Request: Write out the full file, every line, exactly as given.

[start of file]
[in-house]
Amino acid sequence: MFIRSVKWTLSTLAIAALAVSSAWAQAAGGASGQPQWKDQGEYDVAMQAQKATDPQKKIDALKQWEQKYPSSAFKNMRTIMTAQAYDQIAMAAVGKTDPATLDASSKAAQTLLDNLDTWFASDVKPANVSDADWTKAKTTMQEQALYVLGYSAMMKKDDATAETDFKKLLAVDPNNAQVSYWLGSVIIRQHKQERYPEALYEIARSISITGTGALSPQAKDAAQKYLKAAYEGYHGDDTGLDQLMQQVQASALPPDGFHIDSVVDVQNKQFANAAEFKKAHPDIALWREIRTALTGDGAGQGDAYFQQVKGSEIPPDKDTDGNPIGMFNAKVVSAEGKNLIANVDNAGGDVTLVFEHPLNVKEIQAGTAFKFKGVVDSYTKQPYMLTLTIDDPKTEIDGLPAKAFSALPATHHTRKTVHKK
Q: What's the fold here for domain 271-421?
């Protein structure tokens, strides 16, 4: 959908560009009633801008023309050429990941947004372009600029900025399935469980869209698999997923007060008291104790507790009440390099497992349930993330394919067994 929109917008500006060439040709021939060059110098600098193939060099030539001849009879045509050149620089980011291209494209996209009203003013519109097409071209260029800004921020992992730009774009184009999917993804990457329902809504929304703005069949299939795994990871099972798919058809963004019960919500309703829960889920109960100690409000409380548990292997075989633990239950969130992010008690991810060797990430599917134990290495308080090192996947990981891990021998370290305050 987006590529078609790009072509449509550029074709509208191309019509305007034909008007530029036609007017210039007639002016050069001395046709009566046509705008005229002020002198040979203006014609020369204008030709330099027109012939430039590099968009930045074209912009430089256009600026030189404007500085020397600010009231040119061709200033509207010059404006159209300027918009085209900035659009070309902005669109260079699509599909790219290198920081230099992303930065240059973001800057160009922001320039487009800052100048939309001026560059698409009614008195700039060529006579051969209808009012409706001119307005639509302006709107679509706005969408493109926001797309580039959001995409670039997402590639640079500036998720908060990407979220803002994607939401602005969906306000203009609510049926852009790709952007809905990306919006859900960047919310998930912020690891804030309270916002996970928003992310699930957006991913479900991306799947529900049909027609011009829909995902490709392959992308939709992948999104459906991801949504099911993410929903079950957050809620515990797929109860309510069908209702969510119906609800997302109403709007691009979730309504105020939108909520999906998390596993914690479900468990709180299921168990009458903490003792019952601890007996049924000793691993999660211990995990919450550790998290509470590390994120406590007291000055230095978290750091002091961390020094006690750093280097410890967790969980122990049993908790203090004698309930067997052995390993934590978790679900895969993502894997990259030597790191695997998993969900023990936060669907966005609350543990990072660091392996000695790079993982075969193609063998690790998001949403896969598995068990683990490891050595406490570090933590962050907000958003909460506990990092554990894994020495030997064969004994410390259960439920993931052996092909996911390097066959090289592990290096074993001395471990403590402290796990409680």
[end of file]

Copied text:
[in-house]
Amino acid sequence: MFIRSVKWTLSTLAIAALAVSSAWAQAAGGASGQPQWKDQGEYDVAMQAQKATDPQKKIDALKQWEQKYPSSAFKNMRTIMTAQAYDQIAMAAVGKTDPATLDASSKAAQTLLDNLDTWFASDVKPANVSDADWTKAKTTMQEQALYVLGYSAMMKKDDATAETDFKKLLAVDPNNAQVSYWLGSVIIRQHKQERYPEALYEIARSISITGTGALSPQAKDAAQKYLKAAYEGYHGDDTGLDQLMQQVQASALPPDGFHIDSVVDVQNKQFANAAEFKKAHPDIALWREIRTALTGDGAGQGDAYFQQVKGSEIPPDKDTDGNPIGMFNAKVVSAEGKNLIANVDNAGGDVTLVFEHPLNVKEIQAGTAFKFKGVVDSYTKQPYMLTLTIDDPKTEIDGLPAKAFSALPATHHTRKTVHKK
Q: What's the fold here for domain 271-421?
């Protein structure tokens, strides 16, 4: 959908560009009633801008023309050429990941947004372009600029900025399935469980869209698999997923007060008291104790507790009440390099497992349930993330394919067994 929109917008500006060439040709021939060059110098600098193939060099030539001849009879045509050149620089980011291209494209996209009203003013519109097409071209260029800004921020992992730009774009184009999917993804990457329902809504929304703005069949299939795994990871099972798919058809963004019960919500309703829960889920109960100690409000409380548990292997075989633990239950969130992010008690991810060797990430599917134990290495308080090192996947990981891990021998370290305050 987006590529078609790009072509449509550029074709509208191309019509305007034909008007530029036609007017210039007639002016050069001395046709009566046509705008005229002020002198040979203006014609020369204008030709330099027109012939430039590099968009930045074209912009430089256009600026030189404007500085020397600010009231040119061709200033509207010059404006159209300027918009085209900035659009070309902005669109260079699509599909790219290198920081230099992303930065240059973001800057160009922001320039487009800052100048939309001026560059698409009614008195700039060529006579051969209808009012409706001119307005639509302006709107679509706005969408493109926001797309580039959001995409670039997402590639640079500036998720908060990407979220803002994607939401602005969906306000203009609510049926852009790709952007809905990306919006859900960047919310998930912020690891804030309270916002996970928003992310699930957006991913479900991306799947529900049909027609011009829909995902490709392959992308939709992948999104459906991801949504099911993410929903079950957050809620515990797929109860309510069908209702969510119906609800997302109403709007691009979730309504105020939108909520999906998390596993914690479900468990709180299921168990009458903490003792019952601890007996049924000793691993999660211990995990919450550790998290509470590390994120406590007291000055230095978290750091002091961390020094006690750093280097410890967790969980122990049993908790203090004698309930067997052995390993934590978790679900895969993502894997990259030597790191695997998993969900023990936060669907966005609350543990990072660091392996000695790079993982075969193609063998690790998001949403896969598995068990683990490891050595406490570090933590962050907000958003909460506990990092554990894994020495030997064969004994410390259960439920993931052996092909996911390097066959090289592990290096074993001395471990403590402290796990409680």